The SOUL of Capoeira


All instruments were made by man, the voice is the only instrument which was made by God. -Sufi Saying


Hi Everyone,

On the LAST PAGE, I shared with you my thoughts on what I believe constitutes the HEART of Capoeira, it’s music.

Now, I’m gonna share with you what I believe is the SOUL of Capoeira, it’s songs.



Maior é Deus
Maior é Deus
Pequeno sou eu
O que eu tenho
foi Deus que me deu
O que eu tenho
foi Deus que me deu
Na roda da capoeira(HAHA)
Grande e pequeno sou eu 


Hello everyone,

on the LAST PAGE, we took a look at why we have music in capoeira, and how it affects us in general. Now, I want to take us a little deeper, and showcase another aspect of Capoeira that affects us, and what we capoeiristas draw strength, and much wisdom from.

And that of course, are the SONGS of capoeira.


Understanding songs in capoeira is a good way to grasp and put into some historical context early Brazilian life and history. If one can identify with the music on a personal level, it goes a long way in adopting the heritage vital in the maintenance of capoeira as a cultural force. The songs of capoeira partly play the role of cultural guide and teacher.

Many of the songs are sung in a call and response format while others are in the form of a narrative. Capoeiristas sing about a wide variety of subjects. Some songs are about history or stories of famous capoeiristas. Other songs attempt to inspire players to play better. Some songs are about what is going on within the roda. Sometimes the songs are about life or love lost. Others have lighthearted and playful lyrics.

Capoeira songs can talk about basically anything, whether it’s about a historical fact, a famous capoeirista, trivial life facts, hidden messages for players, anything. Improvisation is very important also, while singing a song the main singer can change the music’s lyrics, telling something that’s happening in or outside the roda.

There are three basic kinds of songs in capoeira angola, the Ladaínha, Louvacao, and the Corrido.


The roda begins with the LADAINHA (litany), a solo often sung by the most senior member present, usually the one playing lead berimbau.

Now although the ladainha is often thought of as from capoeira angola, the tradition actually predates the 20th Century, and therefore the stratification of Capoeira.

And also, Mestre Pastinha used to use SEXTETOS (compositions of six verses) to open his rodas.

The Ladainha may be improvised on the spot, but are most often chosen from a canon of extant ladainhas. The ladainha varies in from as little as two lines, to 20 or more. Topics for this song type include moral lessons, stories, history, mythology, can be topical for a particular occasion as well as pure poetry, and almost always metaphorical. The song is loosely strophic and the melody is pretty much the same throughout the entire ladainha repertoire, with some variations here and there. The ladainha uses quatrain form as a template, with the first line almost always repeated.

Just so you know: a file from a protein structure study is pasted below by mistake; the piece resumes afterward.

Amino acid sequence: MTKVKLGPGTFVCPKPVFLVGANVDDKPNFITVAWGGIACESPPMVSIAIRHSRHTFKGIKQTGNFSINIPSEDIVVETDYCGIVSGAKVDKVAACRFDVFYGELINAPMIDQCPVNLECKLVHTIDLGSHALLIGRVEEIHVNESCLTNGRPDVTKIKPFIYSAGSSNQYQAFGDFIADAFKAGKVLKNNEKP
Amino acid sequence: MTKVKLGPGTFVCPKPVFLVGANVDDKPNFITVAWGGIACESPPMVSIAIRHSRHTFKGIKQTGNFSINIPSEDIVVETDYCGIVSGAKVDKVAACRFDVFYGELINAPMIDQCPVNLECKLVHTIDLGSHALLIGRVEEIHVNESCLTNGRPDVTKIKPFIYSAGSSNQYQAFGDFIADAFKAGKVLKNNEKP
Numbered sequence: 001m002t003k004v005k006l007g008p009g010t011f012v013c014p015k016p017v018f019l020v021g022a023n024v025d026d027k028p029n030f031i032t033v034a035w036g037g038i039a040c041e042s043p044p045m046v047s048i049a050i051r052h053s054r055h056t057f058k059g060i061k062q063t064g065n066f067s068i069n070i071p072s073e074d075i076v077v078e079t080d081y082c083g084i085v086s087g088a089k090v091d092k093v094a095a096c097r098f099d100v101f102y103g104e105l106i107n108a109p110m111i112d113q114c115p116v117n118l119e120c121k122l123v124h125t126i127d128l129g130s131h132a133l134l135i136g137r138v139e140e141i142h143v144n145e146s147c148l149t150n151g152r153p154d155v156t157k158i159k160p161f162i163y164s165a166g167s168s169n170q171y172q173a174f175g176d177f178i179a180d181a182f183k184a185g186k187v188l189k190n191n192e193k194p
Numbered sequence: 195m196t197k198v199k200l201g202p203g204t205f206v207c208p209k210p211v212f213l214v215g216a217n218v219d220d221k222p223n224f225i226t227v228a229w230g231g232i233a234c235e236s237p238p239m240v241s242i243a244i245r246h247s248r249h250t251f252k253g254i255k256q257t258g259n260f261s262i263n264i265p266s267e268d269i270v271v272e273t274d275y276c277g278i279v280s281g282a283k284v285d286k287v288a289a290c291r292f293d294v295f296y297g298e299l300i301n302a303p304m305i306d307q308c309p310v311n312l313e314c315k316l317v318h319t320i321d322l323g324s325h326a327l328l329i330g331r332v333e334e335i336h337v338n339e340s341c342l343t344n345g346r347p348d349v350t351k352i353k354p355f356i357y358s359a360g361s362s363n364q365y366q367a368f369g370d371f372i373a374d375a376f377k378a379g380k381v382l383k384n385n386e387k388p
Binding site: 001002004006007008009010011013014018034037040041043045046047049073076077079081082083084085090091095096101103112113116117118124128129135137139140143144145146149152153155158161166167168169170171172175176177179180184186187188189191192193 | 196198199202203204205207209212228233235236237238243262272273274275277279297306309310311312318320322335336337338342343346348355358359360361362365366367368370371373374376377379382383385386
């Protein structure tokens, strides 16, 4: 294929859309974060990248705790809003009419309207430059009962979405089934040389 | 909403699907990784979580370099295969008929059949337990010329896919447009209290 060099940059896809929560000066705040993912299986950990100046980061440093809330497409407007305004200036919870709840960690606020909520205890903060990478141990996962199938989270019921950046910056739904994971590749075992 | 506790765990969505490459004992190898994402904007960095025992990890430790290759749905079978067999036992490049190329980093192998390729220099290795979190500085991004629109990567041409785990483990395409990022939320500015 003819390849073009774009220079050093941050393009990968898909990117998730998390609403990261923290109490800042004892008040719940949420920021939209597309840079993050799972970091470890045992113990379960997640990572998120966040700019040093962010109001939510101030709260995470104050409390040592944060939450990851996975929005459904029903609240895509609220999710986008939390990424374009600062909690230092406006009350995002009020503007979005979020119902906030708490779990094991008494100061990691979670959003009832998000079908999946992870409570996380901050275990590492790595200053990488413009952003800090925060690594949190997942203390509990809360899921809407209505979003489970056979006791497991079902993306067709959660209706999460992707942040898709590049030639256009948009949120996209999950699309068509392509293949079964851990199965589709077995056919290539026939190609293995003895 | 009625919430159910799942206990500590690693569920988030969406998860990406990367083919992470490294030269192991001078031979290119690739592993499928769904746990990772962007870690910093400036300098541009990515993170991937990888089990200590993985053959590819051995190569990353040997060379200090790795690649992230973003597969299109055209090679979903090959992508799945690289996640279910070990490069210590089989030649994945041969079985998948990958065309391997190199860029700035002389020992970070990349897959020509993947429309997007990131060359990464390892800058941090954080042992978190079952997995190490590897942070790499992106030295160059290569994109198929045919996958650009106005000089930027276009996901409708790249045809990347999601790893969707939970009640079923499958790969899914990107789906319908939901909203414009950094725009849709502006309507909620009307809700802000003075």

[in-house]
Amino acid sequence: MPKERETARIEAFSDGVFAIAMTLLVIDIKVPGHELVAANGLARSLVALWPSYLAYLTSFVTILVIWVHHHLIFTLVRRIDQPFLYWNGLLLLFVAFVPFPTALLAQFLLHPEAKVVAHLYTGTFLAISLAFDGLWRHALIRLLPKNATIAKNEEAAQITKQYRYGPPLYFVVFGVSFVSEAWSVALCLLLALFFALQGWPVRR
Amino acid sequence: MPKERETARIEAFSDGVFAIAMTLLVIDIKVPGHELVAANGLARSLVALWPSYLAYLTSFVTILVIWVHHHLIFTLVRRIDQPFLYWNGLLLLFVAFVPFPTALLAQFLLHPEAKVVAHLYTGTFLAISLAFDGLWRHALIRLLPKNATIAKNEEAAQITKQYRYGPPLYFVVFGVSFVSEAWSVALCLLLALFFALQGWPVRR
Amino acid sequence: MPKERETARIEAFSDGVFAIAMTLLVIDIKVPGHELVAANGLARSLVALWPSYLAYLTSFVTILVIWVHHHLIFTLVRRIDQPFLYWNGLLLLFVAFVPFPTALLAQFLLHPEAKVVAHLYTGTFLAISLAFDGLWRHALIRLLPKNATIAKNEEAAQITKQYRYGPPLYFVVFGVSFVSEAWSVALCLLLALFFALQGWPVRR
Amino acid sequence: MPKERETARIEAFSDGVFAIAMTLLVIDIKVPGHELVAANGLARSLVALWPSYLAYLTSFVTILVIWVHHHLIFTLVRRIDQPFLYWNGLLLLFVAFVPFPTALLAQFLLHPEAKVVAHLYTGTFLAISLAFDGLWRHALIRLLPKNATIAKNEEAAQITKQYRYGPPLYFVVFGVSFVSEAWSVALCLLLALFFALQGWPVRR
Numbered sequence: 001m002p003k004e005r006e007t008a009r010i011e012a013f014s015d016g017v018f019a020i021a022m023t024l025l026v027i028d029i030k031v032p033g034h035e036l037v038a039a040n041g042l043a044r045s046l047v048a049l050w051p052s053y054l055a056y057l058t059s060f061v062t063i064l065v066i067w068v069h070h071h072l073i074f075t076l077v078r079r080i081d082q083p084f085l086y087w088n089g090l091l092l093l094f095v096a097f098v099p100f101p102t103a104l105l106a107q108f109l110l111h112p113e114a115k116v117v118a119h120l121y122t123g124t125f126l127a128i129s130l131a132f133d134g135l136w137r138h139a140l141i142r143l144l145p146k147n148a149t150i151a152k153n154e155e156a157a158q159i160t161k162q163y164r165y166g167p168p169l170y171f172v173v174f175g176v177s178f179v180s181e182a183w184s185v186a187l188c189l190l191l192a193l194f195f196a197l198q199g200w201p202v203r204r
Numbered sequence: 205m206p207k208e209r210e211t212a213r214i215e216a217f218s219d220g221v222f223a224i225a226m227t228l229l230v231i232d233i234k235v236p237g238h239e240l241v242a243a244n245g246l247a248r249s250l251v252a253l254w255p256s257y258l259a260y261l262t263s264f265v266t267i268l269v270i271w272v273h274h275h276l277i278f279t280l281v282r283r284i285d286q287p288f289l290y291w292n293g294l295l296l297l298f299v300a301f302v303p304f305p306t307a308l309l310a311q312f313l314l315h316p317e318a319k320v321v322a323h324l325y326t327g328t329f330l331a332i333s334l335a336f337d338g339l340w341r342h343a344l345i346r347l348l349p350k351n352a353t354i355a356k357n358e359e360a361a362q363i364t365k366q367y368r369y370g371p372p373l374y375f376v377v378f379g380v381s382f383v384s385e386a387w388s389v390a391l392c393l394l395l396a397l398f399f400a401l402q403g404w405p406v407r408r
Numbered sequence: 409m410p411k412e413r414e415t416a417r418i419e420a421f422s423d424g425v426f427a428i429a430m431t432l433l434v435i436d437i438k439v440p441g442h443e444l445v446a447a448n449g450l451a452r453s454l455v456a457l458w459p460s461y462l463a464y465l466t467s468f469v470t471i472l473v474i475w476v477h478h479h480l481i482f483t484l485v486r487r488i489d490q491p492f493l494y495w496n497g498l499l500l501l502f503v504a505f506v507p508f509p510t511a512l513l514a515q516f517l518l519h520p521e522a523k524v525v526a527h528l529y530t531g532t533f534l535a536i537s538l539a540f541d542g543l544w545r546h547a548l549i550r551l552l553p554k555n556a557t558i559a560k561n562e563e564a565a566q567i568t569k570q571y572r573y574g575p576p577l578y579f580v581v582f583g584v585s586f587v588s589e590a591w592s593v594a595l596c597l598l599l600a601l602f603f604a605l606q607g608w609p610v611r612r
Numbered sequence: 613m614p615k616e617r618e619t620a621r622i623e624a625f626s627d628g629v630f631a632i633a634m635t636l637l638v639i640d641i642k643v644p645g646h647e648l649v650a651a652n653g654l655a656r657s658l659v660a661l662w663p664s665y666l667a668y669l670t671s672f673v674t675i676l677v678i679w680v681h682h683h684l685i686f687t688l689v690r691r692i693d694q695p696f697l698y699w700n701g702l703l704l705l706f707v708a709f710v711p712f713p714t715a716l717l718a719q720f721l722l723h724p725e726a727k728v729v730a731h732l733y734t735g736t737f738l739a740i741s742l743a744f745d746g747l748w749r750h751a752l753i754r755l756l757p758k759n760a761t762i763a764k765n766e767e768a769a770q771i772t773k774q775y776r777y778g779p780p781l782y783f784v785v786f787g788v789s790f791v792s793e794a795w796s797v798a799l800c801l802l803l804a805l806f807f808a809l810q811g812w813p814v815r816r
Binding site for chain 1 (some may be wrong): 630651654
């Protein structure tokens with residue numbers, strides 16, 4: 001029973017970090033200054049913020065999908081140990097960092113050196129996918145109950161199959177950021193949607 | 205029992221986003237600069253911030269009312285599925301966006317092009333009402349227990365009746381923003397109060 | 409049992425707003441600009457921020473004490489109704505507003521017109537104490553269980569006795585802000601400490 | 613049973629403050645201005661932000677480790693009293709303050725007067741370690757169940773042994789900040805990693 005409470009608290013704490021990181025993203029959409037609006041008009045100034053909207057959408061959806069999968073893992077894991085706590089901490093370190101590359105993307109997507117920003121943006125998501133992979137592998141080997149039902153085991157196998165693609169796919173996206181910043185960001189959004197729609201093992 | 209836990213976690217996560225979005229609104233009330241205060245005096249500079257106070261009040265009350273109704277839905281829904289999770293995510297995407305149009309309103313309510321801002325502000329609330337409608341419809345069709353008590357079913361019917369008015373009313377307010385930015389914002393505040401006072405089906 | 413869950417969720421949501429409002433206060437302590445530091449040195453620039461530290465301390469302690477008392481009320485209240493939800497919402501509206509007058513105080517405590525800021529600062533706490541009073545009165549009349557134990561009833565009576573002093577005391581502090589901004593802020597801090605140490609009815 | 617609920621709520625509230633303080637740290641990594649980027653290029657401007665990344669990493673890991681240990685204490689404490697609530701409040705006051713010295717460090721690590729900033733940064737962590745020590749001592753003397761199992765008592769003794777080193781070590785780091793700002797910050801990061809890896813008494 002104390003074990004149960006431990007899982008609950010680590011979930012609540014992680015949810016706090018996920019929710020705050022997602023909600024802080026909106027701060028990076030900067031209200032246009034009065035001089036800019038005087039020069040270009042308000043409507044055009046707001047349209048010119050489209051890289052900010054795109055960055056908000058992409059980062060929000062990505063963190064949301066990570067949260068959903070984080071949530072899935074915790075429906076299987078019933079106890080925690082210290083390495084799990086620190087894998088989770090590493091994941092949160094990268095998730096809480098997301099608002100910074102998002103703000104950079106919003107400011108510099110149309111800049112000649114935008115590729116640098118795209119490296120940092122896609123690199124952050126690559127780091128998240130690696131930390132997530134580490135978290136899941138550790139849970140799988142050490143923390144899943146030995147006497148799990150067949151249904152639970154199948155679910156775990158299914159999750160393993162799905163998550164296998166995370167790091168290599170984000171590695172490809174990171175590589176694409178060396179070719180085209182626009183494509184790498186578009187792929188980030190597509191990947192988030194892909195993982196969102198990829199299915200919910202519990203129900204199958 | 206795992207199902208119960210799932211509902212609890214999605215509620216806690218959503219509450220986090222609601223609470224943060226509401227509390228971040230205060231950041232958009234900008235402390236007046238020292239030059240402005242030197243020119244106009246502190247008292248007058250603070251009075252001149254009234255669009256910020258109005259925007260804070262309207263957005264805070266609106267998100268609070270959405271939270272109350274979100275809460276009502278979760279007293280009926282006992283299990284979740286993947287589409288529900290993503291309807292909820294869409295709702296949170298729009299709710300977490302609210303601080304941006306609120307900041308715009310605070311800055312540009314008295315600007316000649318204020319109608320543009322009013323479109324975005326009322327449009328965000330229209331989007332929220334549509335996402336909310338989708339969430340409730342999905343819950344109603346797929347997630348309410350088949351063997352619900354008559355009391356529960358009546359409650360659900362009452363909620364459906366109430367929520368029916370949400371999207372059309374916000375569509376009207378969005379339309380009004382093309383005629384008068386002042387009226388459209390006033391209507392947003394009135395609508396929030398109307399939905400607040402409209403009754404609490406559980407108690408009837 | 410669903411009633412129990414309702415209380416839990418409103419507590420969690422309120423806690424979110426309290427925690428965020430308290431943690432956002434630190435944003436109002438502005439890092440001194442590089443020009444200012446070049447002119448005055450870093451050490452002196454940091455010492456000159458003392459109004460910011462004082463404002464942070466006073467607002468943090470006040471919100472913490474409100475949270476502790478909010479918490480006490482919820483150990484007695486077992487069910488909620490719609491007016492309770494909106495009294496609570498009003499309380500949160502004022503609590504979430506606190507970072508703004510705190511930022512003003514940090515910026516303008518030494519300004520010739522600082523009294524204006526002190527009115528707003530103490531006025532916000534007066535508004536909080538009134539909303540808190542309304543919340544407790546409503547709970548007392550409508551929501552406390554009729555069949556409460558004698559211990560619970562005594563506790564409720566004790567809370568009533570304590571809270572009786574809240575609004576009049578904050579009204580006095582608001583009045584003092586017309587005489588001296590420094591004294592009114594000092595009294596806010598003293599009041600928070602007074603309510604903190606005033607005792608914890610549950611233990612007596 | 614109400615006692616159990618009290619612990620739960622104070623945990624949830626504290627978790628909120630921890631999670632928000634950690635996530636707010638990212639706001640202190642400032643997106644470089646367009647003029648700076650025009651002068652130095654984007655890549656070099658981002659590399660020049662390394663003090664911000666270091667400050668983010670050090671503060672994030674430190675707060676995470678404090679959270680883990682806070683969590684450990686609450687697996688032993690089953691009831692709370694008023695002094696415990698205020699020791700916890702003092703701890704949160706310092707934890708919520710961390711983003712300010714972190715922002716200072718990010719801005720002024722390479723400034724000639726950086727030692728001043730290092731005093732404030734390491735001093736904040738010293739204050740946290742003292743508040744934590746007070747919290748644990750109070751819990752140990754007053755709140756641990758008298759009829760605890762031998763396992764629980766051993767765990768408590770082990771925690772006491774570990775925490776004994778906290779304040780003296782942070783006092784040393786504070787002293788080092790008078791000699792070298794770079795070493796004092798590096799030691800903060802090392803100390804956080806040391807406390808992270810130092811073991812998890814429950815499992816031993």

Here’s Some Examples: 


Deus não deu inteligência ao lobo

Nem cobra pode voar

Que vale esse corpo todo

Mas sem cabeça pra pensar

Se ser forte fosse vantagem

Ter grande corpo documento

Seu Pastinha não existia

Tava no desconhecimento

Mas toda roda tem um brabo

Isso não dá pra negar

Que pensa que a valentia

É ter vontade de brigar

se valentia fosse coragem

Invés do corpo usasse a mente

Tu virarias angoleiro

E de Pastinha, a semente



A história nos engana
Diz tudo pelo contrário
Até diz que aboliçâo
Aconteceu no més do maio

A prova dessa mentira
É que da miséria ou não saio
Viva vinte de novembro
Momento para se lembrar

Não vejo no treze de maio
Nada para comemorar
Muitos tempos se passaram
E o negro sempre a lutar

Zumbi é nosso herói
Zumbi é nosso herói, colega velha
Do Palmares foi senhor
Pela causa de homen negro
Foi ele que mais lutou

A pesar de toda luta, colega velha
O negro nâo se libertou, camara


Nasci no mundo
Dentro dele me crie
Aprendi a Capoeira
Ai meu bem dentro dela eu morreré
Chego na roda
Quando da na cabeçada
Quando da no Capoeira
Ai meu deus arde até no coração
Jogo pra mim
Que eu também quero jogar
Joga para mim eu pego
Vou jogar pra tu pegar
Sou mandingueiro
Menino de Salvador
A Capoeira ja rodou o mundo entrou
Menino não sou de angola
Menino sou mandingueiro


The solo is followed by a louvação, also called a Chula, a call and response pattern that usually thanks God and one’s master, among other things. Each call is usually repeated word-for-word by the responders. This song is a type of song where the solo (call) is larger than the chorus (response), usually eight singer verses for one chorus response, but the proportion may vary.

Iê, Viva meu Deus
Iê, Viva meu Deus, camará
Iê, Viva meu Mestre
Iê, Viva meu Mestre, camará
Iê, quem me ensinou
Iê, quem me ensinou, camará
Iê, a capoeira
Iê, a capoeira, camará
É Água de beber